MongoDB - Does WiredTiger benefit from virtual cpus cores the same way
it does with physical cores?
As per my understanding the MongoDB documents defines based on the physical cores.
As blog notes by @UmaPanda here this topic is always a perpetual debate to define the proper ratio of physical CPU to virtual CPU in virtualized environment.
First you understand the basic calculation:
The number of physical cores i.e. pCPU available on a host:
(# of processor Sockets) X (# of Cores) = # of Physical Processor (i.e pCPU)
The number of logical cores if hyper-threading is enabled on the host:
(# of Physical Processors i.e pCPU) x (2 cores) = # Virtual Processors (vCPU)
Total CPU resorces required for virtual machines at peak:
(# total number of virtual machines X average peak CPU utilization per system)
kindly note that hyper-threading does not actually double the available of Physical CPU. It works by providing a second execution thread to a processor core. So, a processor with 4 physical cores with hyper threading will appear as 8 logical cores for scheduling purpose only.
The WiredTiger storage engine is multithreaded and can take advantage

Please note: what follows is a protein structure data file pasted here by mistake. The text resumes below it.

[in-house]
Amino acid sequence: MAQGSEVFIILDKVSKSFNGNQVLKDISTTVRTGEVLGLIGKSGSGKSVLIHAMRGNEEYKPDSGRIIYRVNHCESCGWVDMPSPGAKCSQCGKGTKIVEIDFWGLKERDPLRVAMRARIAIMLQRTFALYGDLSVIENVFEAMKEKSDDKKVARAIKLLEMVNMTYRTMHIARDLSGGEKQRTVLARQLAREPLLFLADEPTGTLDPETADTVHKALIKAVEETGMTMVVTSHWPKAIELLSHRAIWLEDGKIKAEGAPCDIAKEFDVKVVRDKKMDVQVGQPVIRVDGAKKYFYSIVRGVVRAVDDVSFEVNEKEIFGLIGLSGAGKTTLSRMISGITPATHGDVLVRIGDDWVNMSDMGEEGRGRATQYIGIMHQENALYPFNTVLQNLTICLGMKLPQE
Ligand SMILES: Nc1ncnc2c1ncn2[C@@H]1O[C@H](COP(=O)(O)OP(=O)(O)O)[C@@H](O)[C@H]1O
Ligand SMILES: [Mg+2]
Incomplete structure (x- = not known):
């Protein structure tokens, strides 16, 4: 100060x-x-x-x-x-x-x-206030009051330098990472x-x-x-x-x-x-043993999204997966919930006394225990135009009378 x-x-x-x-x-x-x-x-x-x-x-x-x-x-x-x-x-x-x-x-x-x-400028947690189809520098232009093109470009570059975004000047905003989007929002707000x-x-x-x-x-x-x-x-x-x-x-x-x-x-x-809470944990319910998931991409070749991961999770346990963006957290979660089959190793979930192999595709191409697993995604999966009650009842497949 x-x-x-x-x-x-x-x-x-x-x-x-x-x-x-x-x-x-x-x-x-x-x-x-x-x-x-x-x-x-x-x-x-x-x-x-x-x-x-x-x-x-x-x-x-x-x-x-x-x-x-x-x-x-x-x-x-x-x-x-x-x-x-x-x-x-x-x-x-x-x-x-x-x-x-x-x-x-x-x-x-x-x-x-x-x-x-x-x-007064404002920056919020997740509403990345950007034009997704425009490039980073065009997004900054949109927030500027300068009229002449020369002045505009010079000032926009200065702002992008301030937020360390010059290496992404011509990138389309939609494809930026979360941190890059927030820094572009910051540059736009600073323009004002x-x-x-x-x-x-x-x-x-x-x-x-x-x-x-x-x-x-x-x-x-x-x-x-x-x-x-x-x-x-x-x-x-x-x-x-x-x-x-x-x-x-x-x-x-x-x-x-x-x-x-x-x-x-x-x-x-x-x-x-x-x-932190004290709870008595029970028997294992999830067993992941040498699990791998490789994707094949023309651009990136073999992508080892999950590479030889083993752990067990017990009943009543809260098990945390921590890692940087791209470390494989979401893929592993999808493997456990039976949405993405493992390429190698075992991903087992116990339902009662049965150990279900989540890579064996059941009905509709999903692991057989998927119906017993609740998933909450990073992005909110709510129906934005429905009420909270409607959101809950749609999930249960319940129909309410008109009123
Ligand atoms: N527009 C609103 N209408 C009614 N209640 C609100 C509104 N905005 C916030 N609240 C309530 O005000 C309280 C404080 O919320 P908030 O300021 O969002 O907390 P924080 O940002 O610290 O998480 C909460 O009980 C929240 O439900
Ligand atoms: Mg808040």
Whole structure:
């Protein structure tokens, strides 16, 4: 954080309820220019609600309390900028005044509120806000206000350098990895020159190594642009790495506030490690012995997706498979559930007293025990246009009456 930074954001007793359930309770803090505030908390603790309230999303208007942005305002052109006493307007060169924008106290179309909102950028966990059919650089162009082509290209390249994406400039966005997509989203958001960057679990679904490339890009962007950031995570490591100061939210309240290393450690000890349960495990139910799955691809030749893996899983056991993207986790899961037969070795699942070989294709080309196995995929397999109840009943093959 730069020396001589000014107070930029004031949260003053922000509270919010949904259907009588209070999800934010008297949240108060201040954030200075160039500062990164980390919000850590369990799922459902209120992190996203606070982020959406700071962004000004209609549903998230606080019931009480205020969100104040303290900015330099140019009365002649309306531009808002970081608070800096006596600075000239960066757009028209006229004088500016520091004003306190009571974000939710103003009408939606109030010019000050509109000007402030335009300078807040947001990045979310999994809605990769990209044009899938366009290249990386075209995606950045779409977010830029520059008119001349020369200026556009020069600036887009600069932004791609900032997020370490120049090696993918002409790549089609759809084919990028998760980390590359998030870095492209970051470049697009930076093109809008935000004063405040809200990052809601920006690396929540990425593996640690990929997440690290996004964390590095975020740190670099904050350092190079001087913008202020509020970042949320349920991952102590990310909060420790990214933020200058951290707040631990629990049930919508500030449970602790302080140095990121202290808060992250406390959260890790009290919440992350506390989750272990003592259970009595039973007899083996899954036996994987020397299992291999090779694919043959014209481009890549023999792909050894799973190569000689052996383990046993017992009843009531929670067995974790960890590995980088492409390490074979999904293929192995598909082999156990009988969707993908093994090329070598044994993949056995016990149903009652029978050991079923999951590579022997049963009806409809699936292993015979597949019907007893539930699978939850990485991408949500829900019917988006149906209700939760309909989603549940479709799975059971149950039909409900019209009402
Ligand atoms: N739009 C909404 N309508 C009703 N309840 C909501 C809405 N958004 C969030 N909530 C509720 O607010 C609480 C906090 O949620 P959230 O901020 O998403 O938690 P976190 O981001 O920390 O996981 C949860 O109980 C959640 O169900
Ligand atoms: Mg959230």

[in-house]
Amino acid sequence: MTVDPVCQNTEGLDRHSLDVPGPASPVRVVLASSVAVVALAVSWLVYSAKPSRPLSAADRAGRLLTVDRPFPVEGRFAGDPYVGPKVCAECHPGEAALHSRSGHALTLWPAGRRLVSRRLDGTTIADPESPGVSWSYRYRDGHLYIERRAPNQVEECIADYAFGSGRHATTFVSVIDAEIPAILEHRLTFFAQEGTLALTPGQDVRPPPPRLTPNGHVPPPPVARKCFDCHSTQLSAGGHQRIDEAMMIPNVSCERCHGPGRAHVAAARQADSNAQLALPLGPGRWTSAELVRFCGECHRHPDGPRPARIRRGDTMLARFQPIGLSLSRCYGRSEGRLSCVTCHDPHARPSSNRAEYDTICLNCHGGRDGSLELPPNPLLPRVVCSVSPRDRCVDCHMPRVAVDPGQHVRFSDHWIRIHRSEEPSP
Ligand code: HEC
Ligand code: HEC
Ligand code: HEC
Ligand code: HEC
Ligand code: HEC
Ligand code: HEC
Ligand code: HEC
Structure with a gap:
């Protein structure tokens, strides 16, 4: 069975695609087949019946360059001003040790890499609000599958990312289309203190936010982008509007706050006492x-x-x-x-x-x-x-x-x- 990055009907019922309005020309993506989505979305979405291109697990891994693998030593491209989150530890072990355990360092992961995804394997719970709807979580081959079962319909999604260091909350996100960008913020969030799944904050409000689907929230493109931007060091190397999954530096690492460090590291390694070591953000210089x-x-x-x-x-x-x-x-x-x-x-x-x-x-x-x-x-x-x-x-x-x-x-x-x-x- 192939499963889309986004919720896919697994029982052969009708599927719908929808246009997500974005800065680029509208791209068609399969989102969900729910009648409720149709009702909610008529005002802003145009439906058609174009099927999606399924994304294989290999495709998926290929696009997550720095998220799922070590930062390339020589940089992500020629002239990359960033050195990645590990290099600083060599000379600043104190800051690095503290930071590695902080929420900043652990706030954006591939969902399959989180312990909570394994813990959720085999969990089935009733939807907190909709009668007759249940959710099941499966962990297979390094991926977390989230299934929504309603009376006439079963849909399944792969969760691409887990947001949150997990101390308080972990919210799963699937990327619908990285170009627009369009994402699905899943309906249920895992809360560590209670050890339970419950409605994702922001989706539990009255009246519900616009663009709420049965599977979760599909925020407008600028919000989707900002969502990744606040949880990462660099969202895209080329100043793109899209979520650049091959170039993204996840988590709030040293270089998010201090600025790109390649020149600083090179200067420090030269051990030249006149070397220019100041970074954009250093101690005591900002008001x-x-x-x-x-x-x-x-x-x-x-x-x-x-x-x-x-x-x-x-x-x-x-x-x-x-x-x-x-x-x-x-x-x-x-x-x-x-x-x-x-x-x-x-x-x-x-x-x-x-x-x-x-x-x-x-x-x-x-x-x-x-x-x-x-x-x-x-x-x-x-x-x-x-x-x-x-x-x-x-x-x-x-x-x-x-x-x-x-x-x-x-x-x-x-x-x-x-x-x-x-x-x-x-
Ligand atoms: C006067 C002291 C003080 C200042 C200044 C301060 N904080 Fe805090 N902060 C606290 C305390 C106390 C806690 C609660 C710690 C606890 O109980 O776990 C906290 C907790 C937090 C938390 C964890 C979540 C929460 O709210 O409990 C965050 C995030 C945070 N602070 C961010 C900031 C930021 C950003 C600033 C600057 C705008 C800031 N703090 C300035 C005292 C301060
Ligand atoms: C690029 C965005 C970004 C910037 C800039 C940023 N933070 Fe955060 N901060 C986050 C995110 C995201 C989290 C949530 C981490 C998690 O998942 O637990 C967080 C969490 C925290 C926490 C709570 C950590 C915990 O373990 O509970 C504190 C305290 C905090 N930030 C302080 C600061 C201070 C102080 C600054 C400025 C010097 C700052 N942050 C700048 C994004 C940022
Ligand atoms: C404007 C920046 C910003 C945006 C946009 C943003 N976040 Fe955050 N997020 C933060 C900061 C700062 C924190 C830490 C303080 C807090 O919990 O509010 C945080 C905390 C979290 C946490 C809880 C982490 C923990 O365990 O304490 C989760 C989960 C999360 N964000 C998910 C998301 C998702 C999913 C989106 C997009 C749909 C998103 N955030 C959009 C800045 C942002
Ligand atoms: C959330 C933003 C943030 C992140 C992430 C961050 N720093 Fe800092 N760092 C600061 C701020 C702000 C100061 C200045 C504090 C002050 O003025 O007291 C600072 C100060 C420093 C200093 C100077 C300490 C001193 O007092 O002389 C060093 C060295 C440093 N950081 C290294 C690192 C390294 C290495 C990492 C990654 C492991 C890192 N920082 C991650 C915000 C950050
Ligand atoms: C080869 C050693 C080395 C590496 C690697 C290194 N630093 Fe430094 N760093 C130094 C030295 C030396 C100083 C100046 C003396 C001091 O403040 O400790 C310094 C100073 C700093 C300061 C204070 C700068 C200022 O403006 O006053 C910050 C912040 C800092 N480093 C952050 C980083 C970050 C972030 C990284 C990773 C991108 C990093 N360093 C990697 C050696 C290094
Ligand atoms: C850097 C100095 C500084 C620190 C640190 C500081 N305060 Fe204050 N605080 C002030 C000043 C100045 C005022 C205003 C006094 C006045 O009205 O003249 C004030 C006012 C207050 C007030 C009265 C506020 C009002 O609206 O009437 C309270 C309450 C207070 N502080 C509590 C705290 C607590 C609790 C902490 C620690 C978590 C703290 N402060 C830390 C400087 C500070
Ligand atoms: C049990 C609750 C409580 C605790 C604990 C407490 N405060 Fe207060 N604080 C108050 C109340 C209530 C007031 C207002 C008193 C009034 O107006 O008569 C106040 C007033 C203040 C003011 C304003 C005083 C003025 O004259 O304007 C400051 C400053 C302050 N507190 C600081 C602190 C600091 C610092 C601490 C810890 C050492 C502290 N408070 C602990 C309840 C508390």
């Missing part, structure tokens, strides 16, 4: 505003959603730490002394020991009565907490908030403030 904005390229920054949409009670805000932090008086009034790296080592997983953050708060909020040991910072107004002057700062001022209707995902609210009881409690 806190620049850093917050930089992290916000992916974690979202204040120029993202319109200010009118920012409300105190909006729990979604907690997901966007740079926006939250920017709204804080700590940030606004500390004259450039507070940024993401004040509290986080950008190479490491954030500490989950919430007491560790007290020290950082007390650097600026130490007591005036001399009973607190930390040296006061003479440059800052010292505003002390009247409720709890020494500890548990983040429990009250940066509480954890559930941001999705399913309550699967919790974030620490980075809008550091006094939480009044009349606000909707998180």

of additional CPU cores.
The MongoDB document also states that here Specifically, the total number of active threads (i.e. concurrent operations) relative to the number of available CPUs can impact performance:
Throughput increases as the number of concurrent active operations
increases up to the number of CPUs.
Throughput decreases as the number of concurrent active operations
exceeds the number of CPUs by some
The threshold depends on your application. You can determine the optimum number of concurrent active operations for your application by experimenting and measuring throughput. The output from mongostat provides statistics on the number of active reads/writes in the (ar|aw) column.
And also from MongoDB blog notes here MongoDB will deliver better performance on faster CPUs. So, one of the MongoDB performance best practices is that the core speed is more important than the number of cores.
For further your ref here , here , here and here